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Holy, Holy, Holy: The Demands of the Holy (part 5)

There was one person that God did more than just indwell; in him, he incarnated himself. This man was called the Holy One of God. Even demons recognised him for who he was. In Luke 5, Simon Peter is out fishing but cannot catch anything. This man says to him, "cast your net on the other side." As a result, they pull in an enormous haul. Simon comes ashore and approaches this man, he approaches the presence of the Holy. What happens? The same thing that happens to Isaiah, Habakkuk, Job; the same as for all who enter the dimension of the Holy. He falls to his knees and like Isaiah says, woe is me, I am undone. His actual words were, "depart from me Lord for I am a sinner." I am too common, too ordinary, too profane; I don’t deserve to be so near the holy. Who is this man? He was the very incarnation of the holiness of God, the very redemptive incarnation of Yahweh—his name is Yeshua.

In language that is shocking to Jewish ears, Paul makes a remarkable claim about this man in Colossians 1:15, "He is the image of the invisible God." We can translate it like this, he is the exact likeness of the image of God. Listen carefully to this text. Develop a listening ear when you read Scripture, don’t read it like you would a newspaper, or a novel in which you are just trying to get to the action. Savor it like you would hard-rock candy, swirl it around a little bit in your mouth, taste it on your palate, savor the subtleties of the flavour. Listen to the text. Does "he is the image of the invisible of God" evoke any biblical images for you, any responses in you? Don’t you just feel the creation account rising up? How about this account in Exodus, "you shall not have any graven image." Paul goes on to say that "in Christ all the fullness of the Godhead dwells bodily." The fullness of the invisible power of this universe dwells in the body of the man Yeshua! Selah.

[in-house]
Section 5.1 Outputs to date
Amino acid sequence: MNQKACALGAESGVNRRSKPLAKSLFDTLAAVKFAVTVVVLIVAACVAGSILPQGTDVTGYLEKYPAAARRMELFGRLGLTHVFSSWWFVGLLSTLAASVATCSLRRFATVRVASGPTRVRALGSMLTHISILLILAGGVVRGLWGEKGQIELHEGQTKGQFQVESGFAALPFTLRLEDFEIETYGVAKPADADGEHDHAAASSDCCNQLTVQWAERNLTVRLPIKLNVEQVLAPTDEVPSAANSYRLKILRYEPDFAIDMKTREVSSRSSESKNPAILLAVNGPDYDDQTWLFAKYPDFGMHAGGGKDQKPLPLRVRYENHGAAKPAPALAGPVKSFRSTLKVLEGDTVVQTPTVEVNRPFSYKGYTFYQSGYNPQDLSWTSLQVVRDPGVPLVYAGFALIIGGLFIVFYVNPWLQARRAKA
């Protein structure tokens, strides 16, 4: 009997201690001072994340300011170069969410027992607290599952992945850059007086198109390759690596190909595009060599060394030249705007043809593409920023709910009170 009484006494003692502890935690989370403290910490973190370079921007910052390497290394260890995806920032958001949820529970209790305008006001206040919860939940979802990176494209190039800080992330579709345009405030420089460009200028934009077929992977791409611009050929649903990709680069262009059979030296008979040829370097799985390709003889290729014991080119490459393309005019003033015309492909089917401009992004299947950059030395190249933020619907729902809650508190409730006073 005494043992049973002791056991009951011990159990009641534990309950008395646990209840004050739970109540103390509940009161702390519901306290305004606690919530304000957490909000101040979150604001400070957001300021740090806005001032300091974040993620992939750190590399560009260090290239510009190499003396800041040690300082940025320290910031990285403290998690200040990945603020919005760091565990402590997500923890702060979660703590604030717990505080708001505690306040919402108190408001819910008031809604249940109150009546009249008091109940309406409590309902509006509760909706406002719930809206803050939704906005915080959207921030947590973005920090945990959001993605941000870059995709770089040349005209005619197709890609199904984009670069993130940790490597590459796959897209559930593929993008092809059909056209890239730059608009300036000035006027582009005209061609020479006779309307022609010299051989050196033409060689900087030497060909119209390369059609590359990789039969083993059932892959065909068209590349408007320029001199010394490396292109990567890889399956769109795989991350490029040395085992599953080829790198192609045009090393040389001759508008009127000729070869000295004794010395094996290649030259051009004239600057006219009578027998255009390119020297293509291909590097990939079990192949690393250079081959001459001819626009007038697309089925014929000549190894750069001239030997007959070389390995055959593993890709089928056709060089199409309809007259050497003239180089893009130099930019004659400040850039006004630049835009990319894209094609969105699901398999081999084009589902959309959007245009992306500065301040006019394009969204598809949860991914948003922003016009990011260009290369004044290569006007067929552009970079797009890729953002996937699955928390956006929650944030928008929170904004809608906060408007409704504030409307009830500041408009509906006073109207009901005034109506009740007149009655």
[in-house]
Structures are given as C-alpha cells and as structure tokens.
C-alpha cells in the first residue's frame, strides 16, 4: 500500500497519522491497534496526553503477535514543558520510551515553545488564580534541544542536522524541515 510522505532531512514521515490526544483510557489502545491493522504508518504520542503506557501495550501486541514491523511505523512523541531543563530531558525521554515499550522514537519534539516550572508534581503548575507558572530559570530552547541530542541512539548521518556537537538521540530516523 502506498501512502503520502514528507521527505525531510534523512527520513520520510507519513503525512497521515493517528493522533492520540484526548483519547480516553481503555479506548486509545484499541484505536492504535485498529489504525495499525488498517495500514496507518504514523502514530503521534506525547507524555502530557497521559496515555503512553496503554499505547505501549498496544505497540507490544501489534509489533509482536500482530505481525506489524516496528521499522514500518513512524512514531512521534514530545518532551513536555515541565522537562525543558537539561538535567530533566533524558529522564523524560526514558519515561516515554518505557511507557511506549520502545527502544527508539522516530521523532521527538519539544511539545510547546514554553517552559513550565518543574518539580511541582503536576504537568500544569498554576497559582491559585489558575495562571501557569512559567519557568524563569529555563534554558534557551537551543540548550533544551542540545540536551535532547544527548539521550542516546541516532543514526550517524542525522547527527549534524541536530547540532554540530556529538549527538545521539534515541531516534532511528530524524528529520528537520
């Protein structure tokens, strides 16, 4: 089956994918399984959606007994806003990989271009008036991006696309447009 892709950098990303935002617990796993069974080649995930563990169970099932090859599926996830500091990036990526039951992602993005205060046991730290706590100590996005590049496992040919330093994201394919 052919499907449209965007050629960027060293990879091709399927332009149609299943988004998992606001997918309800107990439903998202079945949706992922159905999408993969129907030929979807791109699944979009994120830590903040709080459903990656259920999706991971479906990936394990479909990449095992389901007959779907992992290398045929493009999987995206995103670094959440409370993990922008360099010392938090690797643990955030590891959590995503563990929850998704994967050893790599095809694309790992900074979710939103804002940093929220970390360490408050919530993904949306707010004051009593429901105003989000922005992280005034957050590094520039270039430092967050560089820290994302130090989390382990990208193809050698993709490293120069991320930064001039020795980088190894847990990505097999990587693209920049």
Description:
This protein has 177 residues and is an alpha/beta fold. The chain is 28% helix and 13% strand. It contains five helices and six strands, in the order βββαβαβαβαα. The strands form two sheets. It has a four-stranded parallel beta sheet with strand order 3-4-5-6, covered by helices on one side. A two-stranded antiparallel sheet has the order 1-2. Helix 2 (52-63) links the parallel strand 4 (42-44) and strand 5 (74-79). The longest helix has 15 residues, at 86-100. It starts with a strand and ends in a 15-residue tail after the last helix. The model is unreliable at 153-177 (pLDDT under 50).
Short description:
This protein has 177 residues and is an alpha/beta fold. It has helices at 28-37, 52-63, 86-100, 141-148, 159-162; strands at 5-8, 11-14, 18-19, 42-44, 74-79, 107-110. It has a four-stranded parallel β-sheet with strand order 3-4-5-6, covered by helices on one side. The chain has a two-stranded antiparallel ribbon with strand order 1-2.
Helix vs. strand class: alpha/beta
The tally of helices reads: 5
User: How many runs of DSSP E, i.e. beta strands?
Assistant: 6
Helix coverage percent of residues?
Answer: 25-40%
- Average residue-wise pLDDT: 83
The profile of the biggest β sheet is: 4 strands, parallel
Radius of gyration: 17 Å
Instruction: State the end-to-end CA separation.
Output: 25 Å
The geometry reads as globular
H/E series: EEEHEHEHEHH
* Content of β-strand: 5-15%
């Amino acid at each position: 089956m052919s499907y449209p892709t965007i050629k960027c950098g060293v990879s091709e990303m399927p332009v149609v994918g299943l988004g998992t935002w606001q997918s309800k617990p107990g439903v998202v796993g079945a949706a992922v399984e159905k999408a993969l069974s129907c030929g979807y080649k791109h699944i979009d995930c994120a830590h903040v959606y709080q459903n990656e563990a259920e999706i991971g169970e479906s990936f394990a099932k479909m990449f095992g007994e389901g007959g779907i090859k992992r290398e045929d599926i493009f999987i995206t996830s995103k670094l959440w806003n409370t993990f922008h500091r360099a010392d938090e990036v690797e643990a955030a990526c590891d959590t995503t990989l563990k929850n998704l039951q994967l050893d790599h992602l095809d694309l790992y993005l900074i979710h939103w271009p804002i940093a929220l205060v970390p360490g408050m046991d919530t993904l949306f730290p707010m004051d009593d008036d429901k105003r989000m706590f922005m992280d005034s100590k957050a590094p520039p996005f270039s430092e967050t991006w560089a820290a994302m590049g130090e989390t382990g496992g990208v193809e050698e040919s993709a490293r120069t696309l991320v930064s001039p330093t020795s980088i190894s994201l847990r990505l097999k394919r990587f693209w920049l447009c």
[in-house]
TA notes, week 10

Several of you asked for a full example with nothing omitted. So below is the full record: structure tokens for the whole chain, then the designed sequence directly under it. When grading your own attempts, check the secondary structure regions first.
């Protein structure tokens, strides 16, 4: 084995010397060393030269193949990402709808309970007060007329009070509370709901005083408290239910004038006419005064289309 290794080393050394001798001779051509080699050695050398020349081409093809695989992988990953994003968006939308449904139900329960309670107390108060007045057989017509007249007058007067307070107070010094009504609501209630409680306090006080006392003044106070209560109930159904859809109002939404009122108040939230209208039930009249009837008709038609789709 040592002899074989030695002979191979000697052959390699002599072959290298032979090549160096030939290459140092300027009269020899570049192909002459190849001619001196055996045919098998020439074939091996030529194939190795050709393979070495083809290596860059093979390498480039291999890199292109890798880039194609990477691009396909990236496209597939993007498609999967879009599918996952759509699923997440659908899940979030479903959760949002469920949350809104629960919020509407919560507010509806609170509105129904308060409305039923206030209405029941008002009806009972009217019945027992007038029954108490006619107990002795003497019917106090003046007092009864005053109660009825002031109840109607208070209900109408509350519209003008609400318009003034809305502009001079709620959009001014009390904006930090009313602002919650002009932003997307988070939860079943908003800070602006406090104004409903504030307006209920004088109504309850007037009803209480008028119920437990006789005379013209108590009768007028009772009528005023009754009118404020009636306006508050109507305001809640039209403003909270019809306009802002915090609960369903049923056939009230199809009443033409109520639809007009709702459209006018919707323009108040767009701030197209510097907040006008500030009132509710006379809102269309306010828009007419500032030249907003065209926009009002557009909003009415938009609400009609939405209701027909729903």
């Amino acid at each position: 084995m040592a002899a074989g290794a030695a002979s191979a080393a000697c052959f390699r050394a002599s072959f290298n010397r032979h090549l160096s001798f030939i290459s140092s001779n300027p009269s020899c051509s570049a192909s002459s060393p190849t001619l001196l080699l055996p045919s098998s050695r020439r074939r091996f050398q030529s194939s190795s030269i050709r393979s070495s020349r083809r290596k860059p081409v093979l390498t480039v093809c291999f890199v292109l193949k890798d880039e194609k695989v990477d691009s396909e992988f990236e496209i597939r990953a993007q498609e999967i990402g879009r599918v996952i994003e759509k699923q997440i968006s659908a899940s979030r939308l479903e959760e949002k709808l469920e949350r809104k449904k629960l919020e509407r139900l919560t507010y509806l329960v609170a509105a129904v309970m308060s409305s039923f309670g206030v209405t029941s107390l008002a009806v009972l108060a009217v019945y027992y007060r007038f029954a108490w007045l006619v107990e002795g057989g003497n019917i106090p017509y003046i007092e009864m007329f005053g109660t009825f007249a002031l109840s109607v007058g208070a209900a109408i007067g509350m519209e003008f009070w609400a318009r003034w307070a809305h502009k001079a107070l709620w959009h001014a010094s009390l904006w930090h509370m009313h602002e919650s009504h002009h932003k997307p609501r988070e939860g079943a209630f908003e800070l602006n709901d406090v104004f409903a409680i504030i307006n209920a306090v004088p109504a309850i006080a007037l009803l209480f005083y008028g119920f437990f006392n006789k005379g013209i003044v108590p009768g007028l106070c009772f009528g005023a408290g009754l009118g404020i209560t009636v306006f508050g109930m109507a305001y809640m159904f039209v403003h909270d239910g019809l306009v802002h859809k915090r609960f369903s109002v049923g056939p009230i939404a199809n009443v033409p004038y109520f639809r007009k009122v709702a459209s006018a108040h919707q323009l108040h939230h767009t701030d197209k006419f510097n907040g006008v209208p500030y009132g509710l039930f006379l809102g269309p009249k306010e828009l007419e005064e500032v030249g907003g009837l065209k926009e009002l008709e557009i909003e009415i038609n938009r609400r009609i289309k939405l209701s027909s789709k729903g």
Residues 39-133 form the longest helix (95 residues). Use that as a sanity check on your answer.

Do you remember we talked about the scandal of particularity for the Jewish people? How can God the Creator of all the earth and all land take some kind of special interest and be specially related to one little parcel of it? My friends, for us as Christians this is our scandal of particularity. How can God, who made all men, be somehow uniquely related to and incarnated in just one? It is a stumbling block, something your mind trips over. Paul says it is a mystery how the infinite became finite; how the Spirit became flesh. And believe me, it is a difficult thing for anyone to understand. But for a people who understood that God was holy, holy, holy (kadosh, kadosh, kadosh), it would be almost impossible to comprehend. How can the one who is wholly other—transcendent, different, distinct from everything else—how can you possibly say he dwells in this man? After all, isn’t this Joseph’s son, that little kid from Nazareth? Are you telling me the fullness of deity dwells in him? It doesn’t compute, it is a stumbling block. And much like the particularity of Israel itself, Yeshua as God's Son, Israel's Messiah and true King, is a matter of faith.

* This is an audio transcript, listen to the original message here.

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This study is from a professionally produced transcription of the audio recording. It was edited for readability by the team at JC Studies.

Dwight A. Pryor (1945-2011) was a gifted Bible teacher of exceptional clarity and depth who earned the friendship and admiration of both Christian and Jewish scholars—in the United States and Israel—as well as the respect and appreciation of followers of Jesus around the world. His expertise in the language, literature, and culture of Israel during the life and time of Jesus and the early church yield insights that nourish every area of faith and practice.

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